"His fall from grace has been spectacular."
A former solicitor, his brother, and a law student have failed in an attempt to get their convictions overturned.
They were convicted for trying to derail a Leeds manslaughter trial by offering bribes to jurors. Raja and Jonaade Hussain along with Sahrear Islam-Miah attempted to intimidate jury members as they left Leeds Crown Court during a trial in 2017.
Jurors were filmed by the three men at an assembly point outside after a fire alarm inside the building was deliberately set off.
One juror was followed through Leeds city centre and asked for help inside a bar after being followed by one of the men.
Qualified solicitor Jonaade and his brother Raja pleaded guilty to conspiracy to pervert the course of justice. Law student Islam-Miah was found guilty of the offence.
At a separate trial, the Hussain brothers were also convicted of firearms and explosives offences.
Raja, aged 33, was jailed for a total of 30 years. Jonaade, aged 29, received a 15-year sentence while Islam-Miah, aged 29, was jailed for six years.
In early December 2019, the three men appealed to have their convictions overturned. However, the Court of Appeal confirmed that their applications were rejected.
The trio’s offences took place in February 2017 during a manslaughter trial over the death of 88-year-old Betty Laird.
She died during a ‘crash-for-cash‘ scam which went wrong. Mrs Laird had been a passenger in a vehicle when she was struck in Beeston.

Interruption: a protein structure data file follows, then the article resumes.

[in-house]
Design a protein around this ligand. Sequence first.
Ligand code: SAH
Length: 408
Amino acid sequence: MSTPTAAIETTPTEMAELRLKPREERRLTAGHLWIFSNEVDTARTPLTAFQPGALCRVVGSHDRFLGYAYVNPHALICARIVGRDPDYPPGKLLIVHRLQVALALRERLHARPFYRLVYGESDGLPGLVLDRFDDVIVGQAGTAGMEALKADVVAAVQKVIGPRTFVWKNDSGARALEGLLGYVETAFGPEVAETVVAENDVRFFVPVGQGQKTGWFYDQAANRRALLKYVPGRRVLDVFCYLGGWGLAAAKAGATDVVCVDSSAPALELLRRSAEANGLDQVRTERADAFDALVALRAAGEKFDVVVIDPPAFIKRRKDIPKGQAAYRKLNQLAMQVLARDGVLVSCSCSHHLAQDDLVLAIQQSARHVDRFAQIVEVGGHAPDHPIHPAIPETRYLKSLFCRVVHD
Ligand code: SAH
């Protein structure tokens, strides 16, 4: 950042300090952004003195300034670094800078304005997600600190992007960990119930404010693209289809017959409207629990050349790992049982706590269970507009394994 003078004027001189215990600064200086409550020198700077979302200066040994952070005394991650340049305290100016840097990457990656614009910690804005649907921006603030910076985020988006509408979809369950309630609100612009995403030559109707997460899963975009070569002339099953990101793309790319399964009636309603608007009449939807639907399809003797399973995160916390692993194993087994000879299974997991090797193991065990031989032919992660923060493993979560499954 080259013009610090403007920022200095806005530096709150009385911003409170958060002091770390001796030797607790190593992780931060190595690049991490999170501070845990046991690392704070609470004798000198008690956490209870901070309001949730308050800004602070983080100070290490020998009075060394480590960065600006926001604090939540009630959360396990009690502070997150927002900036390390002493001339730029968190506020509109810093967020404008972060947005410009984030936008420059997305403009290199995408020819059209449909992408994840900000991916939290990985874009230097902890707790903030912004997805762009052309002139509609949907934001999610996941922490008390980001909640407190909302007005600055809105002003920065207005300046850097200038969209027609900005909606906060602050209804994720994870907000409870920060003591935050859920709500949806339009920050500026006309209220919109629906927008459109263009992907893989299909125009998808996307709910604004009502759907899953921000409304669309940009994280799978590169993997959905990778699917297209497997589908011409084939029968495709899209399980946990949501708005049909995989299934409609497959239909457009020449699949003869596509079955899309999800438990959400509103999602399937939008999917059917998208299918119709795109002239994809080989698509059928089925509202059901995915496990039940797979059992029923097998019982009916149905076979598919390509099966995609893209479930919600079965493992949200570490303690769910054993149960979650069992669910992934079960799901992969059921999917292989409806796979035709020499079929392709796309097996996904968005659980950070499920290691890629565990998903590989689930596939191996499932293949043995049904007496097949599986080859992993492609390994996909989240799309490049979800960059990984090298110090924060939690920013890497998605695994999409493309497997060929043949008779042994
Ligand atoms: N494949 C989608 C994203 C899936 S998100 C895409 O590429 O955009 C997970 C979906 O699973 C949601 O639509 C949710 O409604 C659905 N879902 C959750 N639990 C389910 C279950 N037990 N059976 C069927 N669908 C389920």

A VW Passat drove into the side of the car that she was in so that fraudulent injury compensation claims could be made.
At the time, she was with her friend Jeff Grimshaw, aged 77.
Mrs Laird suffered multiple injuries and died that evening while Mr Grimshaw died of causes that could not be proven to have been connected to the collision.
It was heard that evidence highlighted that the defendants were involved in an organised crime network, specialising in making fraudulent crash injury claims.
The three men started to interfere with the jury on February 20, 2017. The fire alarm was set off on the day Mr Justice Goss summarised the case.
The next day, jury members were approached as they left the court building.
Mr Justice Goss later dismissed the jury and took advantage of legal powers, which allowed him to continue to hear the case without a jury.
In a separate trial, the Hussain brothers were sentenced over a “deadly armoury” of guns and explosives.
Officers uncovered the weapons at an industrial unit. The brothers were convicted of possessing firearms and explosives.
Between May and June 2015, officers received reports of more than 100 gang-related offences within a square mile of the Beeston area.
The offences culminated in an attempted murder of a man who was shot in October 2015.
Suspects were arrested and police received information which led them to Bad Boy Motors on Leathley Road.
A search was conducted on November 26, 2015. Officers found a large amount of gunpowder obtained from powerful fireworks.
Three shotguns, two handguns and ammunition were also recovered from a gated off area at the back of the premises.
Both men were found guilty of unlawful possession of explosives, three offences of possession of a prohibited firearm, possessing a firearm and a shotgun without a certificate, possessing ammunition without a certificate and perverting the course of justice.
Yorkshire Post reported that throughout the trial, the brothers claimed that the weapons, ammunition and gunpowder had been planted by others.
Abba Lakha QC, Jonaade’s barrister, explained that his client had studied law and computing at Huddersfield University.
Jonaade went on to obtain a contract as a trainee solicitor in Manchester but gave it up after eight months.
Mr Lakha said: “His fall from grace has been spectacular.”